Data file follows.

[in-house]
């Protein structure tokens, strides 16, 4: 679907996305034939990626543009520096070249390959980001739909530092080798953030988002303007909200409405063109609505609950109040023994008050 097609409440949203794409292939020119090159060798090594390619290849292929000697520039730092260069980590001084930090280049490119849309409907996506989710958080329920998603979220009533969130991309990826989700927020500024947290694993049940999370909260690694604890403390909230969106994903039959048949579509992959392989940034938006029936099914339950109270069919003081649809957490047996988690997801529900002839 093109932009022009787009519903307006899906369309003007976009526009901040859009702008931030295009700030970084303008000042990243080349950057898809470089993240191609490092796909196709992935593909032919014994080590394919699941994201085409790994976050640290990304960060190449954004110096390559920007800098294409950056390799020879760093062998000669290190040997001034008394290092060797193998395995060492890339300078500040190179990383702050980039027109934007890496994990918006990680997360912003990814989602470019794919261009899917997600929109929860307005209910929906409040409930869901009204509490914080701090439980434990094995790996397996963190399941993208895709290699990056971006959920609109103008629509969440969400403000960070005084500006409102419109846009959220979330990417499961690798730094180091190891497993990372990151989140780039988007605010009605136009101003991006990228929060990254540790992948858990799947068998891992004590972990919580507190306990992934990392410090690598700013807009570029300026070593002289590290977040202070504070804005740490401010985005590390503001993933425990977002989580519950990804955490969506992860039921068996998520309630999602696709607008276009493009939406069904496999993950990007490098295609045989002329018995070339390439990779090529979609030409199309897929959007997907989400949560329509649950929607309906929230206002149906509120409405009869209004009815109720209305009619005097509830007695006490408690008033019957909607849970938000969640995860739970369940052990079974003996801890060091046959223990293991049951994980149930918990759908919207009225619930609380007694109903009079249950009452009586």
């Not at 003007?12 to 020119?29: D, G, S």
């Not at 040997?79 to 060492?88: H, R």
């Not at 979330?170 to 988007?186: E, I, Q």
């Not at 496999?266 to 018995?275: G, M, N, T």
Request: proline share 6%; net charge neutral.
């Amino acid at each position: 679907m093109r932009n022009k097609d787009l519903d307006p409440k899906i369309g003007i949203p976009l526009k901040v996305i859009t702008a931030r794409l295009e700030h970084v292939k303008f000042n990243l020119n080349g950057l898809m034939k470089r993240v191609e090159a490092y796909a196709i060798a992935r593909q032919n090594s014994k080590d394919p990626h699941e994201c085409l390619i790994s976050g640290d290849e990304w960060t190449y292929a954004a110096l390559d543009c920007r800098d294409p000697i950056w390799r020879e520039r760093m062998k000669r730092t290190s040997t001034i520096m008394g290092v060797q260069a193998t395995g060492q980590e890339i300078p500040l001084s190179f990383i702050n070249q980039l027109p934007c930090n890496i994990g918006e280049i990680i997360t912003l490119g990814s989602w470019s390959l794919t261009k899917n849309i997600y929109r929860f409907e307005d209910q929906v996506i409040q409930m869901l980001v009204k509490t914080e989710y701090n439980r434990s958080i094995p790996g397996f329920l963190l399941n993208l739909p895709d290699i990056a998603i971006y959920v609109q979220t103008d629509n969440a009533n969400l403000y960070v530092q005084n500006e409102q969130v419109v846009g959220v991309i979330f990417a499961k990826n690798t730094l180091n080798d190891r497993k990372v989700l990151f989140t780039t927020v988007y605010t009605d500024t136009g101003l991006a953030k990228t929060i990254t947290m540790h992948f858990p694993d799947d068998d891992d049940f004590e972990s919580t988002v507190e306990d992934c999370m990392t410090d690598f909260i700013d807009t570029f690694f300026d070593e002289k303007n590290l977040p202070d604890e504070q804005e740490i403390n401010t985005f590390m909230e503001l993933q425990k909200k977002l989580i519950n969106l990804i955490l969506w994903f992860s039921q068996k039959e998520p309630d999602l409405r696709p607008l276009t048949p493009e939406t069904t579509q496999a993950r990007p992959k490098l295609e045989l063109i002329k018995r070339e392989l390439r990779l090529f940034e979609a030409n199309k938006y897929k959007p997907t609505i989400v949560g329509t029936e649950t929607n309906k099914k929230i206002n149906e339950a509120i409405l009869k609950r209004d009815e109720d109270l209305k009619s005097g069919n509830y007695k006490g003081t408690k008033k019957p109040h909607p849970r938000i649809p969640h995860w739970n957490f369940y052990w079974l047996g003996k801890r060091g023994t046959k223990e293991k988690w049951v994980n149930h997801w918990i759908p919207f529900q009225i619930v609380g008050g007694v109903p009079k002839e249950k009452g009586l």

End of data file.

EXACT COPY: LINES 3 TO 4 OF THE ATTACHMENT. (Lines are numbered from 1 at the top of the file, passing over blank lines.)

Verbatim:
């Not at 003007?12 to 020119?29: D, G, S």
């Not at 040997?79 to 060492?88: H, R």